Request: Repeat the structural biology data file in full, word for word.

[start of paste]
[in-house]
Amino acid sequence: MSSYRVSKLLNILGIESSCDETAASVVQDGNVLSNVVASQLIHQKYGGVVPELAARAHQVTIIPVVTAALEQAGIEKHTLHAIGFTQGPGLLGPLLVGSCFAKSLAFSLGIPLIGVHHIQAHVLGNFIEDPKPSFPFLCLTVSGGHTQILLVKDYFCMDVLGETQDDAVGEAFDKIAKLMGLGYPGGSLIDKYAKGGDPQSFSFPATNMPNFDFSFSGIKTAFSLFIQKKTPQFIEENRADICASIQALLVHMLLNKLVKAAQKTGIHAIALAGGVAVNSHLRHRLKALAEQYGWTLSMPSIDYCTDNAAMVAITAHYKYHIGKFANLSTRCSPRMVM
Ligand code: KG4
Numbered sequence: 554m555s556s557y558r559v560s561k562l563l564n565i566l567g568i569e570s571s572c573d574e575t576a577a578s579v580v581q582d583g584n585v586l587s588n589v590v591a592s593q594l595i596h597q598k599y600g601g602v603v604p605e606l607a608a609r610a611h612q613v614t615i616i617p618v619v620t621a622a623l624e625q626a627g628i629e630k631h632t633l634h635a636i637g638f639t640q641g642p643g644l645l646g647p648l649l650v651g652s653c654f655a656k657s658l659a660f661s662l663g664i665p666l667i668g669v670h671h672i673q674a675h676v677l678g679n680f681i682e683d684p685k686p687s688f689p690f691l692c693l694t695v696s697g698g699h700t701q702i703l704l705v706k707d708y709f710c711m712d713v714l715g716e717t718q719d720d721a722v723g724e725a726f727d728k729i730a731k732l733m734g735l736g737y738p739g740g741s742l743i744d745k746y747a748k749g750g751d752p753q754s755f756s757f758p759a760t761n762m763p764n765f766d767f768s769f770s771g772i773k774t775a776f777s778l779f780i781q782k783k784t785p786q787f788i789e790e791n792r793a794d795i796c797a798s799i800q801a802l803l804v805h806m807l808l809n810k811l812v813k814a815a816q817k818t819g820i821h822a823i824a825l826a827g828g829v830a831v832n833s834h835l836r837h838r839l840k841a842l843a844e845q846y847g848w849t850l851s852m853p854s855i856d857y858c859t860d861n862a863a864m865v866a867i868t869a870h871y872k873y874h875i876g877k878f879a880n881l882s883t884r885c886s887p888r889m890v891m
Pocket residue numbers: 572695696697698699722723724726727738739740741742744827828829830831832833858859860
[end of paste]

[in-house]
Amino acid sequence: MSSYRVSKLLNILGIESSCDETAASVVQDGNVLSNVVASQLIHQKYGGVVPELAARAHQVTIIPVVTAALEQAGIEKHTLHAIGFTQGPGLLGPLLVGSCFAKSLAFSLGIPLIGVHHIQAHVLGNFIEDPKPSFPFLCLTVSGGHTQILLVKDYFCMDVLGETQDDAVGEAFDKIAKLMGLGYPGGSLIDKYAKGGDPQSFSFPATNMPNFDFSFSGIKTAFSLFIQKKTPQFIEENRADICASIQALLVHMLLNKLVKAAQKTGIHAIALAGGVAVNSHLRHRLKALAEQYGWTLSMPSIDYCTDNAAMVAITAHYKYHIGKFANLSTRCSPRMVM
Ligand code: KG4
Numbered sequence: 554m555s556s557y558r559v560s561k562l563l564n565i566l567g568i569e570s571s572c573d574e575t576a577a578s579v580v581q582d583g584n585v586l587s588n589v590v591a592s593q594l595i596h597q598k599y600g601g602v603v604p605e606l607a608a609r610a611h612q613v614t615i616i617p618v619v620t621a622a623l624e625q626a627g628i629e630k631h632t633l634h635a636i637g638f639t640q641g642p643g644l645l646g647p648l649l650v651g652s653c654f655a656k657s658l659a660f661s662l663g664i665p666l667i668g669v670h671h672i673q674a675h676v677l678g679n680f681i682e683d684p685k686p687s688f689p690f691l692c693l694t695v696s697g698g699h700t701q702i703l704l705v706k707d708y709f710c711m712d713v714l715g716e717t718q719d720d721a722v723g724e725a726f727d728k729i730a731k732l733m734g735l736g737y738p739g740g741s742l743i744d745k746y747a748k749g750g751d752p753q754s755f756s757f758p759a760t761n762m763p764n765f766d767f768s769f770s771g772i773k774t775a776f777s778l779f780i781q782k783k784t785p786q787f788i789e790e791n792r793a794d795i796c797a798s799i800q801a802l803l804v805h806m807l808l809n810k811l812v813k814a815a816q817k818t819g820i821h822a823i824a825l826a827g828g829v830a831v832n833s834h835l836r837h838r839l840k841a842l843a844e845q846y847g848w849t850l851s852m853p854s855i856d857y858c859t860d861n862a863a864m865v866a867i868t869a870h871y872k873y874h875i876g877k878f879a880n881l882s883t884r885c886s887p888r889m890v891m
Pocket residue numbers: 572695696697698699722723724726727738739740741742744827828829830831832833858859860